Wu, Carrie A. .
Genetic structure of an Ipomopsis hybrid zone influenced by habitat- and pollinator-mediated selection.
Members of the Ipomopsis aggregata species complex in the phlox family (Polemoniaceae) often hybridize when they occur in sympatry, and thus have been extensively studied to examine processes involved in plant speciation. Until recently, however, there has been a paucity of genetic markers available for the system. I developed 12 microsatellite loci in I. aggregata that are also polymorphic in closely related I. tenuituba, producing an average of eight alleles per locus in test populations of 12 individuals per species. These markers were subsequently used to characterize the genetic structure of a natural hybrid zone between I. aggregata and I. tenuituba in Poverty Gulch, Colorado. Prior work in this system suggests that contemporary population structure has been influenced by a combination fo pollinator behavior and habitat-mediated selection, but elucidating the fine-scale genetic composition of the hybrid zone has proven difficult to date with other nuclear genetic markers. Several of these markers also successfully amplified in other Ipomopsis species and more distant members of the Polemoniaceae, suggesting they should prove useful for a broad range of evolutionary studies in this widely distributed system.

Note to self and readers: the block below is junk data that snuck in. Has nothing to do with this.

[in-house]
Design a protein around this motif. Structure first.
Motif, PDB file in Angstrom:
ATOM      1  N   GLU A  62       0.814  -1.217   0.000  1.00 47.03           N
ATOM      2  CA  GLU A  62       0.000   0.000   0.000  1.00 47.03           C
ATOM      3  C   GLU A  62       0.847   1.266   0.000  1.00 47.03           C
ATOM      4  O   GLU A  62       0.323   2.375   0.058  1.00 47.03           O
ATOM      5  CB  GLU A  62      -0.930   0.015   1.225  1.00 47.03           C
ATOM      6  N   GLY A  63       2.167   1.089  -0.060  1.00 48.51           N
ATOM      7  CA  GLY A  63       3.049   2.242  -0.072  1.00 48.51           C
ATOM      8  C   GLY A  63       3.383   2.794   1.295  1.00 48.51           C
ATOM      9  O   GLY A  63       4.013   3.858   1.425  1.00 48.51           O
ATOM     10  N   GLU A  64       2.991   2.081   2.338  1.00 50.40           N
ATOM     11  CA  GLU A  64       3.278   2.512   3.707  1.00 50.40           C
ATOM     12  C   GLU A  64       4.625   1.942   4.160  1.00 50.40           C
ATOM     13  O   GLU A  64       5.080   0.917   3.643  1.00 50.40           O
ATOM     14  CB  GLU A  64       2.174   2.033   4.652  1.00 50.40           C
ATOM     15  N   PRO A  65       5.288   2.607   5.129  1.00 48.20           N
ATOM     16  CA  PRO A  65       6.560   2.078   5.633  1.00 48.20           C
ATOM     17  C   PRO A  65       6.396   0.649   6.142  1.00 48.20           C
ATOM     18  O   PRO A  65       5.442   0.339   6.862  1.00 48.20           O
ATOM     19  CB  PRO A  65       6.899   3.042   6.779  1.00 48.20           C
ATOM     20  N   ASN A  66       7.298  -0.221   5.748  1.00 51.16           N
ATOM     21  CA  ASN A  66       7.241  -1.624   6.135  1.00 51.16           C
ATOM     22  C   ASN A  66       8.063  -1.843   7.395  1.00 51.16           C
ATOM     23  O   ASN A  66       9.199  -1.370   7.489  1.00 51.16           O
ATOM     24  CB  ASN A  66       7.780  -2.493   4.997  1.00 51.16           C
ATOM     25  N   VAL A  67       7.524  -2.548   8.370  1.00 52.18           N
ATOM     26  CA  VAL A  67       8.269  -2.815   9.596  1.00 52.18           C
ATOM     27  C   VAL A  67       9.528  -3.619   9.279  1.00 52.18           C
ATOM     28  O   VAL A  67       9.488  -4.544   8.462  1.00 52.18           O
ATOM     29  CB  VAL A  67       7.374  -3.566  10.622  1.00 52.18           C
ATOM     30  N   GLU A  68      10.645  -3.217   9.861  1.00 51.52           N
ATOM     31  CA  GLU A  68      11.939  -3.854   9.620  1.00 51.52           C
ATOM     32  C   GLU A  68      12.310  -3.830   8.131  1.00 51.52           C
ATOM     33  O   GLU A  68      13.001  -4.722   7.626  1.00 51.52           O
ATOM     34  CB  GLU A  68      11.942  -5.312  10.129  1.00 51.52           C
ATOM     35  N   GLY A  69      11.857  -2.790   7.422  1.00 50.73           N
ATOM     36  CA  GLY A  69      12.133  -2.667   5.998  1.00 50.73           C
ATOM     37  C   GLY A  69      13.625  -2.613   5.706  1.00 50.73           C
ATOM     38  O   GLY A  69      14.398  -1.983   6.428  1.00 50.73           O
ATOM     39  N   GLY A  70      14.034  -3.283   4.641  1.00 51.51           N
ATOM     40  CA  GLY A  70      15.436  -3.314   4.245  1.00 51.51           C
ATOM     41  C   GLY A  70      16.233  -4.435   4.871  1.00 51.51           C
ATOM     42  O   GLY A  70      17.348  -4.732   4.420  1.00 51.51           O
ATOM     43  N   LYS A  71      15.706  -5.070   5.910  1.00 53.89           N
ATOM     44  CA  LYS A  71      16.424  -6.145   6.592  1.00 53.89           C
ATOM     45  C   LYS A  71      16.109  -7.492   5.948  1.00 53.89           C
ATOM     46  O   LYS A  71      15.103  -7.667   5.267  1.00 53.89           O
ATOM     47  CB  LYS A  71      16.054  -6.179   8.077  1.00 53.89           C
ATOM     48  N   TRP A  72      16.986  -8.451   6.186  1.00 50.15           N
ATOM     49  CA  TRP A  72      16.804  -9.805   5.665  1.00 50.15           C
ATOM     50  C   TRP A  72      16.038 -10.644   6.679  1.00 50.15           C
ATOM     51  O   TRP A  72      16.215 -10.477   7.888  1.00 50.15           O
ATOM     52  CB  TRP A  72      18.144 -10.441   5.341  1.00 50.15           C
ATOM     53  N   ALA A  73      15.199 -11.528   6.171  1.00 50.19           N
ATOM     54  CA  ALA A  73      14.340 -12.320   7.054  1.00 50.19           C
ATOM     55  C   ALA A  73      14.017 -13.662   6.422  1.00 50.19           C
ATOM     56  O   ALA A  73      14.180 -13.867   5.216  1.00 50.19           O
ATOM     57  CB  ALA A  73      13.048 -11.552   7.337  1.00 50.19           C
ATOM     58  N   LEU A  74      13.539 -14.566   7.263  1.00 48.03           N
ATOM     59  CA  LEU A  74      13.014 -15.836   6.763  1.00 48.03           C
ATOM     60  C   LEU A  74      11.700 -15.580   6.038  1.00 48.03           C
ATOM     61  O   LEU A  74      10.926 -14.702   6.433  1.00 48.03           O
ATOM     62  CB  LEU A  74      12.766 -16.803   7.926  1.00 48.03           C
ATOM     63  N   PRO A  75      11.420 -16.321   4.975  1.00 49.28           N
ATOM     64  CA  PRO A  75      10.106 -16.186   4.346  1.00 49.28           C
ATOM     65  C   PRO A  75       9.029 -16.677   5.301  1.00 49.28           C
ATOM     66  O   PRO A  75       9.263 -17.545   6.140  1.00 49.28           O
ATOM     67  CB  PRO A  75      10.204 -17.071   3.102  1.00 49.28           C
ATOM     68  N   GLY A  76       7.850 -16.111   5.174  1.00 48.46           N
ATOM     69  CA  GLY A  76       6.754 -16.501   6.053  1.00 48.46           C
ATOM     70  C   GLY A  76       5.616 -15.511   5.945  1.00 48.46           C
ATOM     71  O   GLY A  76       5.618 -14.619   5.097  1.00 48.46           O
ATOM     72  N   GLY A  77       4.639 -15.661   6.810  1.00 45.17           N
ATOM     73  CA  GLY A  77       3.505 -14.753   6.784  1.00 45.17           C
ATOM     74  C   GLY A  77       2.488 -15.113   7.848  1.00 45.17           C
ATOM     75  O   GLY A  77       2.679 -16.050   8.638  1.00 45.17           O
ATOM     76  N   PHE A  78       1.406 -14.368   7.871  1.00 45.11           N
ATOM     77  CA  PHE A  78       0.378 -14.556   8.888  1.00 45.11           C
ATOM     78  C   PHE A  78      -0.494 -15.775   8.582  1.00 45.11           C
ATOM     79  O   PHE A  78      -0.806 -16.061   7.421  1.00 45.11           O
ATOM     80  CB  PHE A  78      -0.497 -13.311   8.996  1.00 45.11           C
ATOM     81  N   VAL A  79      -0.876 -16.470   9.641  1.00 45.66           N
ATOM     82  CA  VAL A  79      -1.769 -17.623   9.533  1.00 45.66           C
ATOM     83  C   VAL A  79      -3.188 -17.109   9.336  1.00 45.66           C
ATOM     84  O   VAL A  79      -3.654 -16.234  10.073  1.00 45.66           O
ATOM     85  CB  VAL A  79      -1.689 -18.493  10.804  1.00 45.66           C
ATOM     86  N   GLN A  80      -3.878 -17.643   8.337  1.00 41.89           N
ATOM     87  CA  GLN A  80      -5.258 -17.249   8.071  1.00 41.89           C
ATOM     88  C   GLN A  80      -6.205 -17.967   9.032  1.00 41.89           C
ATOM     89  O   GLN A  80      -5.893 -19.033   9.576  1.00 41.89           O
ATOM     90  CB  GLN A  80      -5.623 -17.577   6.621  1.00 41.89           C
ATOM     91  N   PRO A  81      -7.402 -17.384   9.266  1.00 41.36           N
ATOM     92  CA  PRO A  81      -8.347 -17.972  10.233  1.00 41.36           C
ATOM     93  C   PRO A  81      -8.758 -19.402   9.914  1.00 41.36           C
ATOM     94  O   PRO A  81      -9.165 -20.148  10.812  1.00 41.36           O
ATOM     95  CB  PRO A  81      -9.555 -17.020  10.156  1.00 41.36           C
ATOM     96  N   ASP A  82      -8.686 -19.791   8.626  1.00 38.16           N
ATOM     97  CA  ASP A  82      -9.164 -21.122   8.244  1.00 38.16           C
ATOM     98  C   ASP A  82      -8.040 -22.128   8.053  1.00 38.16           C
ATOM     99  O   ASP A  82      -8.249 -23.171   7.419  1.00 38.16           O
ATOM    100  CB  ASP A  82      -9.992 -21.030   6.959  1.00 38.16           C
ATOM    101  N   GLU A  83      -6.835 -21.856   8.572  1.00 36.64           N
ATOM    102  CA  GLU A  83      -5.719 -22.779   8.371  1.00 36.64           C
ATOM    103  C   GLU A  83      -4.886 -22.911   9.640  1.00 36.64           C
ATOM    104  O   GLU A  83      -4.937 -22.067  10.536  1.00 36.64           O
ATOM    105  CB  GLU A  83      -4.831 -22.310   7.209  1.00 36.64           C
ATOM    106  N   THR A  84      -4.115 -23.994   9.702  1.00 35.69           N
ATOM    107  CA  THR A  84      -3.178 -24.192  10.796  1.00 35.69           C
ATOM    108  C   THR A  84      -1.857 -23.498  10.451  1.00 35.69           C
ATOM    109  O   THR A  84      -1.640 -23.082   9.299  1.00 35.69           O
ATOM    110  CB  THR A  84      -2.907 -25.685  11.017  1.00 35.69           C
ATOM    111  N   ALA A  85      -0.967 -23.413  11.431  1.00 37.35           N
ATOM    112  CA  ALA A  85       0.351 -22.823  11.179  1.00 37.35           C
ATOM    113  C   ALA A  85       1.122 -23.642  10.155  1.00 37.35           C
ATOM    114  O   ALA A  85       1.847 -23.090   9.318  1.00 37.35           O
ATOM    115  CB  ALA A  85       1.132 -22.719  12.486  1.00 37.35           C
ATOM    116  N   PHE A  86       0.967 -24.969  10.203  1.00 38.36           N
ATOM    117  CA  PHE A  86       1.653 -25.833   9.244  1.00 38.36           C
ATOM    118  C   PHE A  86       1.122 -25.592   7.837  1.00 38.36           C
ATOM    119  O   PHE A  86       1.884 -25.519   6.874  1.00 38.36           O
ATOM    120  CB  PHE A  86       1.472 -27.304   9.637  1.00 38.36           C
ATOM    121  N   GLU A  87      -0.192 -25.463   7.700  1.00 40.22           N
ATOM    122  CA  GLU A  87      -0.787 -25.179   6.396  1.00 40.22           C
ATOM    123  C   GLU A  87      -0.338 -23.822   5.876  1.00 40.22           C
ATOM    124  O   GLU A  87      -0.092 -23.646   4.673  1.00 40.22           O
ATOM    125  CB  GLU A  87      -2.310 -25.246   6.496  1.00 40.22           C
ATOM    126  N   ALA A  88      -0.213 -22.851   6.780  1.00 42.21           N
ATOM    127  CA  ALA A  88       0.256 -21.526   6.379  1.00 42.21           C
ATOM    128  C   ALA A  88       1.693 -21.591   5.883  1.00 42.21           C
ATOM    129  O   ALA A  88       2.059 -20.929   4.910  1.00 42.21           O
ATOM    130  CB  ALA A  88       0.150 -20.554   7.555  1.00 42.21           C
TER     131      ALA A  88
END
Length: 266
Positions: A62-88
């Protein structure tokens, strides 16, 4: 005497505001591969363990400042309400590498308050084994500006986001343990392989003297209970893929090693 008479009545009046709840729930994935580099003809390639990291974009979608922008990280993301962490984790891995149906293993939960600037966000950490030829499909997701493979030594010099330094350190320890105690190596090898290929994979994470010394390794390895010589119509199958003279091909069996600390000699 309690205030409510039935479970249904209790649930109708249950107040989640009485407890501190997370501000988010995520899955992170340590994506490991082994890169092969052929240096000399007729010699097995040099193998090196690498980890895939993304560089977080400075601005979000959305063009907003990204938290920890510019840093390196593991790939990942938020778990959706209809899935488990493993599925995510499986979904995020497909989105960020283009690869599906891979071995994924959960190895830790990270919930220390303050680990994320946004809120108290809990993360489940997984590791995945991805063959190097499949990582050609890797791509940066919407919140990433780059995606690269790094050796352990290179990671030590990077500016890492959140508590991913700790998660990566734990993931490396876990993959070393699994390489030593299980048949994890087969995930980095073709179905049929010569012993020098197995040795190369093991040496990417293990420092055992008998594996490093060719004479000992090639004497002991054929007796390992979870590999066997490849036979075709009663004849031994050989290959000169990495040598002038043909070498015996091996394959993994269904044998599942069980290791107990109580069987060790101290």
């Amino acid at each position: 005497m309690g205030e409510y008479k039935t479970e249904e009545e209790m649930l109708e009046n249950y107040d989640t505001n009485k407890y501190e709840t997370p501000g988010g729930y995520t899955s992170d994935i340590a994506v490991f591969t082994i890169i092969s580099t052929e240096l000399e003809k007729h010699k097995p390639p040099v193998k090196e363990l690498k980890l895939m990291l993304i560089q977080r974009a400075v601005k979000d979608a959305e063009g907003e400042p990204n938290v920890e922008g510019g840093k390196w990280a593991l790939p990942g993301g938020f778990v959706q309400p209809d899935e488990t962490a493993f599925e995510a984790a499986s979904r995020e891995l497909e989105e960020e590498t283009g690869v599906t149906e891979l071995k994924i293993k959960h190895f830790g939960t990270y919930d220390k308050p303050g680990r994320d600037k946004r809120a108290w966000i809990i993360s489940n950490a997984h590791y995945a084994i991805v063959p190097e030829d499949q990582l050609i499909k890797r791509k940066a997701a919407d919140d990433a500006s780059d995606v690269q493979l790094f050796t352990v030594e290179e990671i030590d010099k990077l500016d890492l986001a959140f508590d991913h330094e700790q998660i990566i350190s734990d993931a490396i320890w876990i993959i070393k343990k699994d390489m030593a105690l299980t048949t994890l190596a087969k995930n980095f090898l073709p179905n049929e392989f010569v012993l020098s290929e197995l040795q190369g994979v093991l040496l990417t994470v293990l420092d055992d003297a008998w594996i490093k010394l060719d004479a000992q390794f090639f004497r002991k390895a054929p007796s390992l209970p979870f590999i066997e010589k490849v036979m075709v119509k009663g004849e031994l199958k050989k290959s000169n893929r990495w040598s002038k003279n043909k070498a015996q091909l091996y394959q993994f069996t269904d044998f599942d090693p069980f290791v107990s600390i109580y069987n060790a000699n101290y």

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1 - Duke University, Department of Biology, Box 90338, Durham, NC, 27708, USA
Presentation Type: Poster:Posters for Topics
Location: Exhibit Hall (Northeast, Southwest & Southeast)/Hilton
Date: Sunday, July 8th, 2007
Time: 8:00 AM